There is a wealth of information coming to light about the use of panels with aluminium casing and polyethene insulation inside. I pursued cases from the late 1990’s about a similar product, albeit used structurally, where architects specified it for walls and roofs often in factories. A small fire in such a building would take hold and the insulation would melt, so that the building would collapse in much less time than a proper compartmentalised building. Fortunately, there were no deaths in my cases, just very heavy financial losses for the building owners and insurers.
Knowledge of the risk surfaced in 2003 when fire officers died in a factory fire at Sun Valley in Herefordshire. The walls and roof melted and fell in on them. A horrible way to learn about the danger. After this event they were a known risk and we were able to recover damages for buildings that failed in fires against construction teams.
There was an alternative product with mineral wool insulation which was more able to resist fire. After a few years, the construction industry recognised that the more combustible panels couldn’t be used. Subsequently, this type of case dwindled from my case load and was replaced by the type of fire spread case where builders had not effected compartmentalisation carefully enough, especially above ceilings.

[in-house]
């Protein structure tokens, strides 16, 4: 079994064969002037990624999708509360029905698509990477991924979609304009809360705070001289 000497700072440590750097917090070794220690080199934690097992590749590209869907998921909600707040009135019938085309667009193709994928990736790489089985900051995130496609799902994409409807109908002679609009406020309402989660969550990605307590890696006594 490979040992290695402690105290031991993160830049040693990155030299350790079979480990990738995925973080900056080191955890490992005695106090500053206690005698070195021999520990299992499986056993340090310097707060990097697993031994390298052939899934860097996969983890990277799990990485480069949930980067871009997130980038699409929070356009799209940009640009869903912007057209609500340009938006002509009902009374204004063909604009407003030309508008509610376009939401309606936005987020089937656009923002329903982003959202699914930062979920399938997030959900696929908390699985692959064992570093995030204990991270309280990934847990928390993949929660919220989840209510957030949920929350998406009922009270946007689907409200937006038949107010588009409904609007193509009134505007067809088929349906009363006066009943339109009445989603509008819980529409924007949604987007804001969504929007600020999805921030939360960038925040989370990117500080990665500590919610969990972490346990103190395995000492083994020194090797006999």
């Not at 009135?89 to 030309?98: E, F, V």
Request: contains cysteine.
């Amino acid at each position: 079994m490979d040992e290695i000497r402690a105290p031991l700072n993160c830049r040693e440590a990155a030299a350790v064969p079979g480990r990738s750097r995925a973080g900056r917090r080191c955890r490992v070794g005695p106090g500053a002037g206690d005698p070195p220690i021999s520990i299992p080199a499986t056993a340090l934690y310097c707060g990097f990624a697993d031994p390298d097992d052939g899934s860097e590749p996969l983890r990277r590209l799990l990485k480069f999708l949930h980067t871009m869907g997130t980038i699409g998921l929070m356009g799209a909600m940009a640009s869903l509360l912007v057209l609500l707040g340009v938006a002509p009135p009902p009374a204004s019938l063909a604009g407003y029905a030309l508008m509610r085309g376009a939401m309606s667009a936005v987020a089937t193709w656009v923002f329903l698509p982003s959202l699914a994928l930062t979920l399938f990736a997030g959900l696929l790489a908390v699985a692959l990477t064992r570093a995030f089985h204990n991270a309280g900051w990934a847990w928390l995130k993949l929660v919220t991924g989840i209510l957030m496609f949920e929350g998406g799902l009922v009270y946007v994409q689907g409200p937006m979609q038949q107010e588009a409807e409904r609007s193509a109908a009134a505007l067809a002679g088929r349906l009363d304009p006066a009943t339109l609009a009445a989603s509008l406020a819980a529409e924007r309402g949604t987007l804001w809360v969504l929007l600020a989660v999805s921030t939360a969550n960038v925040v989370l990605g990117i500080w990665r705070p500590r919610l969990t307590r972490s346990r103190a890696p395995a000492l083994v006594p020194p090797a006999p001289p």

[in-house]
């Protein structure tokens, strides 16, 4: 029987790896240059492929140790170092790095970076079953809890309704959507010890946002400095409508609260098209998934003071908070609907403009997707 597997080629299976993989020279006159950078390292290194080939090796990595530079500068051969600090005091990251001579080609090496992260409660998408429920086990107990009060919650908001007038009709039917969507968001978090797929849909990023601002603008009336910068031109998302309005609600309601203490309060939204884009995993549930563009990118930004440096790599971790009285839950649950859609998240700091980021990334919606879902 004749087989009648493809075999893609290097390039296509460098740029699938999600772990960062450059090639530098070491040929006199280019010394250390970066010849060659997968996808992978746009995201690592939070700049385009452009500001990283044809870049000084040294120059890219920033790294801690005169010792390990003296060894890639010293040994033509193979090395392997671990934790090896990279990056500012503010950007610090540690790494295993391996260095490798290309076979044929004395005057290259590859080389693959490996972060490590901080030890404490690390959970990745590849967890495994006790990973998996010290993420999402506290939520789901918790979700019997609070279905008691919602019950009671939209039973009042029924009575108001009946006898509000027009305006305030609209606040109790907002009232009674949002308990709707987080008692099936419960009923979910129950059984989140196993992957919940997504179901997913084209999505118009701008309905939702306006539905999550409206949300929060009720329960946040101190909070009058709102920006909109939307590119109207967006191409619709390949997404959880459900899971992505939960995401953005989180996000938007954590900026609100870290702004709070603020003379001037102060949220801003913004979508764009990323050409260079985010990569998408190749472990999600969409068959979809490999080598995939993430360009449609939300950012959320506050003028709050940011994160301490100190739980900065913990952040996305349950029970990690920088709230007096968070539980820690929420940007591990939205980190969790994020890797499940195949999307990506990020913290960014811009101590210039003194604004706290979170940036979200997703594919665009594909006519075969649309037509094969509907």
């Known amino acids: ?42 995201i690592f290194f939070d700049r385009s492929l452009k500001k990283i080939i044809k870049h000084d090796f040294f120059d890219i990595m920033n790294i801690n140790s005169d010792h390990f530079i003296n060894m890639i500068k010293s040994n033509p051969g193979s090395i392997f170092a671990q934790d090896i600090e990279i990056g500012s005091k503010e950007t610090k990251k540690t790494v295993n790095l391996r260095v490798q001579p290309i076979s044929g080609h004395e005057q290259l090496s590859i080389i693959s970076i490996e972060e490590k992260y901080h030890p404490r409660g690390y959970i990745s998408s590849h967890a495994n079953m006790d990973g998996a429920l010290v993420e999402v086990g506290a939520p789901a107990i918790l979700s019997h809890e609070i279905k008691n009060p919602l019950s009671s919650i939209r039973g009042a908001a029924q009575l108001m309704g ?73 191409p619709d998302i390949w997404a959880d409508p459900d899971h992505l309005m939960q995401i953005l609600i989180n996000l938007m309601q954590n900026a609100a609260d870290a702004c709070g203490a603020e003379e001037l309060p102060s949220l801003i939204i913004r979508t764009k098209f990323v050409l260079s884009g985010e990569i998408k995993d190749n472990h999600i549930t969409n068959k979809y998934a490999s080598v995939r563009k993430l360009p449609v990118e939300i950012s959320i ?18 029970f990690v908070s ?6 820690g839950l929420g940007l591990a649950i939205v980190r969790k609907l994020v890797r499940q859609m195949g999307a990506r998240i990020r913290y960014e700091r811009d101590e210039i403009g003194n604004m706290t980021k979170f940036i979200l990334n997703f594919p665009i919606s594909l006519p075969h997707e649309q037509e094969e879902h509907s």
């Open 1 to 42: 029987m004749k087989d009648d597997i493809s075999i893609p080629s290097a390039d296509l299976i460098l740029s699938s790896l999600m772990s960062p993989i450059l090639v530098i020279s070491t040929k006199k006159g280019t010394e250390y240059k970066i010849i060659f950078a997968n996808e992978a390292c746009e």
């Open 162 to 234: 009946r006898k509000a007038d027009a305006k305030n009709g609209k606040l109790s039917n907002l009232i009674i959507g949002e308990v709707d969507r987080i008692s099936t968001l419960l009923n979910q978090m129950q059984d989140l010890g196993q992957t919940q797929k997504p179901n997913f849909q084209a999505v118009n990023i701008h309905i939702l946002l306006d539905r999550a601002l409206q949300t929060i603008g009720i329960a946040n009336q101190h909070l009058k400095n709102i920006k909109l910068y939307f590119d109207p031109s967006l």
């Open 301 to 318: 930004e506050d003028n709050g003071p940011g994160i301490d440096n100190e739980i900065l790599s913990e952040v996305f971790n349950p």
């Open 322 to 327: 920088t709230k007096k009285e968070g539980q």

It is surprising that aluminium casing and polyethene insulation products have been used to clad buildings. It seems to be the enemy of building performance in a fire, by creating a concealed void full of combustibles.
It’s not wholly clear why the Government is testing - if this sort of product was used one suspects it is inherently unlikely to pass.
No doubt we will learn more shortly. In the meantime my heart goes out, not just to the bereaved, but also those who must now lose their homes while the risks are addressed.
Cathy Hawkins has over 25 years’ experience in the financial sector and specialises in insurance law. She is a member of Cubism’s financial liabilities team, seeking compensation for victims of wrongdoing by banks and other financial institutions.